Quote:
Originally Posted by RonKMiller
....I'm calling bullshit here. Hit the freakin' ABS brakes hard. A collision at 20 mph has a tiny fraction of the energy at 70 mph....
Well, I don't know about a M/C but I can't even begin to tell you how many times I've come across an overturned cage because the driver swerved to avoid an object in the roadway instead of just braking and hitting it. You have a much higher chance of being seriously injured or killed once your roof caves in!
Quote:
Originally Posted by hallzee
....Glad I got you doing my thinking for me, Ron....
Quote:
Originally Posted by RonKMiller
....and I DID stay at a Holiday Inn Express last night! I would rather hit the dirt at 70 mph doing backflips on the fly than be stopped dead cold by several hundred pounds of solid meat and bones any day....Most people do not grab the brakes NEARLY hard enough! This is your only option. It's all about slowing your brain down as it slams into the interior of your helmet....
Holiday Inn Express?....So that's the secret!
Quote:
Originally Posted by Zotter
Advice around here for car drivers - assuming most cars are typical sedan types - is to brake as hard as you can until just before impact and then GAS it, HARD! Some just say skip the brakes and gas just before impact. In practice, most don't have presence of mind to do anything more than soil their BVDs.

Idea is get the nose of your vehicle as high as possible and hope you go over the critter. Not scoop 'em on top of your hood and through the windshield....
Yes, you're right, Andy. If you have a fairly tall object in the roadway, and you hit it, you better duck!

Case in point: The other day I saw a FULL SIZE wheel bouncing right toward me, during on a busy Kali commute afternoon. No clue who lost their F'G wheel or why! I was doing about 70, # 2 lane. I just braked slightly (did not want to get rear-ended) and held the wheel. At the last millisecond before impact, I ducked below the dash (in case the tire went over my hood). I was surprised at the lack of damage of my truck.

"Those who would give up essential liberty to purchase a little temporary safety, deserve neither liberty nor safety." (Some really OLD friggin' White dude who couldn't have possibly known what he was talking about!) WARNING: Official HATE speech!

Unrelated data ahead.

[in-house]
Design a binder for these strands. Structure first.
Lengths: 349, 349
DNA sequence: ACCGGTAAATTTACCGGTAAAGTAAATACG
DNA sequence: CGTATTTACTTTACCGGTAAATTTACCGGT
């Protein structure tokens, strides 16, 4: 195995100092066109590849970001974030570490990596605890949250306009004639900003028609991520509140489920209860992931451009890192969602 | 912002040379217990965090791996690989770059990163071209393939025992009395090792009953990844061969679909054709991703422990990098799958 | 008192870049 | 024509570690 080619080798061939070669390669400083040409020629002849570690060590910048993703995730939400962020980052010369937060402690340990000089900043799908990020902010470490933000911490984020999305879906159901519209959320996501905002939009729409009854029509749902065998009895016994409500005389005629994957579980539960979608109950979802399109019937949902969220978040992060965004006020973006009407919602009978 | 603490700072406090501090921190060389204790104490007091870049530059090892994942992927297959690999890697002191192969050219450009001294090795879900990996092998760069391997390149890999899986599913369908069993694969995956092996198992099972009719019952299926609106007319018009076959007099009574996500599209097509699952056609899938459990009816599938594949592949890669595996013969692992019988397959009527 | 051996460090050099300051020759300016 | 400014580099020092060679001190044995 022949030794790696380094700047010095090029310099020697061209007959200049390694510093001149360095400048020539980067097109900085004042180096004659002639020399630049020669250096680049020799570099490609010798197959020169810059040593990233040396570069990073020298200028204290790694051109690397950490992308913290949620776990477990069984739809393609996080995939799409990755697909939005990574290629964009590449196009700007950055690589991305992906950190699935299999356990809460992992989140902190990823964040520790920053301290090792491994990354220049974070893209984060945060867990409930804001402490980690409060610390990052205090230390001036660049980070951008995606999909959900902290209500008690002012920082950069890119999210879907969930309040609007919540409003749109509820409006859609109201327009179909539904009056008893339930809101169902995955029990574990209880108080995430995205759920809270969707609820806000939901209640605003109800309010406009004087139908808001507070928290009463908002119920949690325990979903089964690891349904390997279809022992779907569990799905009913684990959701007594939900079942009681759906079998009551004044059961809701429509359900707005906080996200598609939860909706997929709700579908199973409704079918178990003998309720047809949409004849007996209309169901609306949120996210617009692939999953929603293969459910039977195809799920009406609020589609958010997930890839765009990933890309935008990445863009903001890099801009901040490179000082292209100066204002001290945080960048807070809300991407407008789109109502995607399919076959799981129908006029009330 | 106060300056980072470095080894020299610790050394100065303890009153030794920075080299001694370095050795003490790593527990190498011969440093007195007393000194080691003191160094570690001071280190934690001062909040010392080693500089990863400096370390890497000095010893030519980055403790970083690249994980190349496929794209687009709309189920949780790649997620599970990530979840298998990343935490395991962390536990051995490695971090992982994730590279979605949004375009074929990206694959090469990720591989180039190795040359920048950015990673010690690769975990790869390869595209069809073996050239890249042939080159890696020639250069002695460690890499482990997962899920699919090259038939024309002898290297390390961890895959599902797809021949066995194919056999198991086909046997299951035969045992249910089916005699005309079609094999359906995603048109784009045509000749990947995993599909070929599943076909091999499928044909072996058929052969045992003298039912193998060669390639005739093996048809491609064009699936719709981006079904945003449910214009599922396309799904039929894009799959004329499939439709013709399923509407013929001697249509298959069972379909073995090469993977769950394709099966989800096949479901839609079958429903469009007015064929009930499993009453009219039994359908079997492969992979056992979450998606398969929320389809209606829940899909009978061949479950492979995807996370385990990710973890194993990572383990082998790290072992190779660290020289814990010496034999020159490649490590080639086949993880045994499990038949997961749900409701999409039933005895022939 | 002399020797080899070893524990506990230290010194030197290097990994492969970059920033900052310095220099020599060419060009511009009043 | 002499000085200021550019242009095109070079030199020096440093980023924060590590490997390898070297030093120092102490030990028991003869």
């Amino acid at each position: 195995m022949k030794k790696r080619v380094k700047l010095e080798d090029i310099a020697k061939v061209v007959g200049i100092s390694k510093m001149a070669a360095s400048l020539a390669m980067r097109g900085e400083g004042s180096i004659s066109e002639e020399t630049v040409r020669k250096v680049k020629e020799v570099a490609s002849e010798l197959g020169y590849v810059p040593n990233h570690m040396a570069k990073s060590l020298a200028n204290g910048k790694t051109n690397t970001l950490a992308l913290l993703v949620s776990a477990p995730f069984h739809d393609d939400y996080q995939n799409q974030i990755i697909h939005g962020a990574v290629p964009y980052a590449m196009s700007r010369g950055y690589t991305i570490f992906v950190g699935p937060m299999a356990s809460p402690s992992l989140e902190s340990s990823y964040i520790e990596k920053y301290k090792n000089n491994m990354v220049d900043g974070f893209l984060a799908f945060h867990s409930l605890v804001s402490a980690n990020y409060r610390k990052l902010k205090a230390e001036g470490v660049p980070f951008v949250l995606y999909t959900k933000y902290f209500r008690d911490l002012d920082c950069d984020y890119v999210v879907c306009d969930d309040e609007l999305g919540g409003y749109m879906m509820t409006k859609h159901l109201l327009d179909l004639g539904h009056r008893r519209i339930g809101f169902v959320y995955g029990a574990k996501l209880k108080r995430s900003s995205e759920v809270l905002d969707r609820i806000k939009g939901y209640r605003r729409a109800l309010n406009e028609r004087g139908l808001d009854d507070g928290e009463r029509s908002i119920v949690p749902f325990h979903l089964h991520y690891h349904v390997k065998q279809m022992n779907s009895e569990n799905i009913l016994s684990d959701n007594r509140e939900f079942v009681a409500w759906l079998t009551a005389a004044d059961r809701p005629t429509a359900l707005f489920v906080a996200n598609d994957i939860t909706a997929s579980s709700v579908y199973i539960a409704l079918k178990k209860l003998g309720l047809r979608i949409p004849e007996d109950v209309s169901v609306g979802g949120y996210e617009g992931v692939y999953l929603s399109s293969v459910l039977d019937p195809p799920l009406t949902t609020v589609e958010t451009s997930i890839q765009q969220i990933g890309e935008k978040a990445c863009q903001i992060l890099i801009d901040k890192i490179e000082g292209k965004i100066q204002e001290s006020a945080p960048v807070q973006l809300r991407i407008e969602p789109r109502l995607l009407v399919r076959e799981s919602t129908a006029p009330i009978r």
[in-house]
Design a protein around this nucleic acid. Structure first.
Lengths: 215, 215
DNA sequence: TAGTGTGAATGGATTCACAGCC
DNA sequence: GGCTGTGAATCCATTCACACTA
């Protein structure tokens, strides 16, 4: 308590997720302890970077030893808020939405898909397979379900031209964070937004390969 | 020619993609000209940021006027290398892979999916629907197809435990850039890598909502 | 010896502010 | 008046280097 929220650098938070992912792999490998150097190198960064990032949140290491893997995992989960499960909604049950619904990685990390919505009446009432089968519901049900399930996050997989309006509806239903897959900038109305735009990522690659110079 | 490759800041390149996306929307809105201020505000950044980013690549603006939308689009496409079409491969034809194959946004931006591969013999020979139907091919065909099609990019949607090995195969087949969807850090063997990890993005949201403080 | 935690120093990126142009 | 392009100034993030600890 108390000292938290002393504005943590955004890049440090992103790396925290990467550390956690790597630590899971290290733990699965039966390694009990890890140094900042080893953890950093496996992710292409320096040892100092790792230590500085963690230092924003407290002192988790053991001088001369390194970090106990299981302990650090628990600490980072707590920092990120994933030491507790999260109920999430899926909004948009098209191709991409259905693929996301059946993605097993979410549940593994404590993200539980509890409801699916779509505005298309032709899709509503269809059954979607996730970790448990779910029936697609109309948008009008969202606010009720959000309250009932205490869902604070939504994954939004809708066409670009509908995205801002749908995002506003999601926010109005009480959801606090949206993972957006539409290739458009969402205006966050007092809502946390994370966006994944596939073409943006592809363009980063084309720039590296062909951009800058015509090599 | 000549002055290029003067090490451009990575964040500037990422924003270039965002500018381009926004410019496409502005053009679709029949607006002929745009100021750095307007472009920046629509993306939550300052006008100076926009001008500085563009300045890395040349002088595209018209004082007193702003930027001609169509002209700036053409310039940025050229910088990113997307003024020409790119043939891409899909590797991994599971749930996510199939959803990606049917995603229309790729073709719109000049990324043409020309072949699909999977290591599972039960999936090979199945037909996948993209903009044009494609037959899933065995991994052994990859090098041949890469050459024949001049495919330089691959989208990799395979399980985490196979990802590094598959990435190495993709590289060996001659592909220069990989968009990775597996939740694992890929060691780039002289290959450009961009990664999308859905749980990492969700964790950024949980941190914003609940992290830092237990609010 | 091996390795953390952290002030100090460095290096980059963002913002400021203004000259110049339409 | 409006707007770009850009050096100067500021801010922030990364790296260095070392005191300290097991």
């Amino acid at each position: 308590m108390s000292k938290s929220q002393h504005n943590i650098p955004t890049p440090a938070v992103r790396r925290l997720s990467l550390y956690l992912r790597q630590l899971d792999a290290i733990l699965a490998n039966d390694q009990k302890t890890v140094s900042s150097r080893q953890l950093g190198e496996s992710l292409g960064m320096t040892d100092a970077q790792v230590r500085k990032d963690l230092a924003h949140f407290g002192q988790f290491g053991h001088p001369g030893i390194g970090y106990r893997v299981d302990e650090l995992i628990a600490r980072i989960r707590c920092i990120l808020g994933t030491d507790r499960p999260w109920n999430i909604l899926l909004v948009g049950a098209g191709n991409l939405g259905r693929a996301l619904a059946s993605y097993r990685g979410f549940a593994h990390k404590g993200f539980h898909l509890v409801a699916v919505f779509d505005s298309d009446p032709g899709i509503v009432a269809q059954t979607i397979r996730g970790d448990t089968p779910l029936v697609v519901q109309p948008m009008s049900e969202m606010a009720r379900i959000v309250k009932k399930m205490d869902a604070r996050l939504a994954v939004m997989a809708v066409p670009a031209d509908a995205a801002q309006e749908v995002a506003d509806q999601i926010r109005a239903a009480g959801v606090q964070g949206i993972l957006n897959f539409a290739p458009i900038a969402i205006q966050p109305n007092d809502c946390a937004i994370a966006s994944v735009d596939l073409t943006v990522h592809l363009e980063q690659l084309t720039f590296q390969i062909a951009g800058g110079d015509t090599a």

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post #19 of 23 Old Jul 11th, 2007, 7:42 pm
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post #20 of 23 Old Jul 11th, 2007, 7:57 pm
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Quote:
Originally Posted by RonKMiller
Those extra milleseconds that you gain by slowing down or striking a glancing blow reduce G's by a factor of HUNDREDS.


bullshit
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post #21 of 23 Old Jul 11th, 2007, 9:51 pm
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I was asked if I had read this advice about going straight into an animal on the internet. At the time, I couldn't recall where I'd read it, so I pulled out a book in my library by Ron Ayres, "Going the Extra Mile". This is a book about endurance riding, and it features a lot about the IBA. A pretty good read.

On pages 47 and 48 Ron gives the same advice; be especially vigilant in deer country, be ready to brake, and don't try to swerve if you're surprised by a deer. He also descibes (page 48) how he did hit a deer 2-up, and did not lose control of his bike.

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post #22 of 23 Old Jul 11th, 2007, 10:41 pm
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Lets get along here.

Why is it when someone post an opinion and someone disagrees we have to go on the attack. Respect one's opinion.


Any how. My $.02 worth riding at night. I have hit a deer in 1997. Was not fun did not like it. I try not ride at night for that reason, plus my night vision not that great anymore.

I rode to Alaska an back to Florida a couple of days ago and attempted to avoid the night riding. I believe I may have rode twice in the evening hours. To risky.

Easier to cool off then to recover from an animal strike.

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post #23 of 23 Old Jul 12th, 2007, 6:06 am
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If it's bigger than you can eat in one sitting, you should probably try to avoid it.
If that is not an option, hope you hit it in the soft mid-section.
Scrubbing off as much speed as possible is good.
Hitting it with the throttle on does help.